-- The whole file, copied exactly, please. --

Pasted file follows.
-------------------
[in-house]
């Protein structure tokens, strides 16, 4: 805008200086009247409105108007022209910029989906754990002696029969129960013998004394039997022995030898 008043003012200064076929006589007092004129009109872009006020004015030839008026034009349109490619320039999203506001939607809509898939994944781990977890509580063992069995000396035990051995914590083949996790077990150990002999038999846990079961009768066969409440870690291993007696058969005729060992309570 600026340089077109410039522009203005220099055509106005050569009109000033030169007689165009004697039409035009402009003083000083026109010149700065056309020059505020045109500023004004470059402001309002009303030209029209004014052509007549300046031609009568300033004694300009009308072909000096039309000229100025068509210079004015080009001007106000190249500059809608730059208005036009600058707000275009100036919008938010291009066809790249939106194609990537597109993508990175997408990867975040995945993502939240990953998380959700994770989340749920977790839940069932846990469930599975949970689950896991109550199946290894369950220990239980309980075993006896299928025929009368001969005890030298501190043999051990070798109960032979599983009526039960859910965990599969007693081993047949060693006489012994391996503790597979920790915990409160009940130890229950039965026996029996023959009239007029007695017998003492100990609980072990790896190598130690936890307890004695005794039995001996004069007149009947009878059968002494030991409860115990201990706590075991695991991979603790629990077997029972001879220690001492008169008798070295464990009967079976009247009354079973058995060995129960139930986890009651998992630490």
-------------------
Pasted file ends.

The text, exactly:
[in-house]
């Protein structure tokens, strides 16, 4: 805008200086009247409105108007022209910029989906754990002696029969129960013998004394039997022995030898 008043003012200064076929006589007092004129009109872009006020004015030839008026034009349109490619320039999203506001939607809509898939994944781990977890509580063992069995000396035990051995914590083949996790077990150990002999038999846990079961009768066969409440870690291993007696058969005729060992309570 600026340089077109410039522009203005220099055509106005050569009109000033030169007689165009004697039409035009402009003083000083026109010149700065056309020059505020045109500023004004470059402001309002009303030209029209004014052509007549300046031609009568300033004694300009009308072909000096039309000229100025068509210079004015080009001007106000190249500059809608730059208005036009600058707000275009100036919008938010291009066809790249939106194609990537597109993508990175997408990867975040995945993502939240990953998380959700994770989340749920977790839940069932846990469930599975949970689950896991109550199946290894369950220990239980309980075993006896299928025929009368001969005890030298501190043999051990070798109960032979599983009526039960859910965990599969007693081993047949060693006489012994391996503790597979920790915990409160009940130890229950039965026996029996023959009239007029007695017998003492100990609980072990790896190598130690936890307890004695005794039995001996004069007149009947009878059968002494030991409860115990201990706590075991695991991979603790629990077997029972001879220690001492008169008798070295464990009967079976009247009354079973058995060995129960139930986890009651998992630490």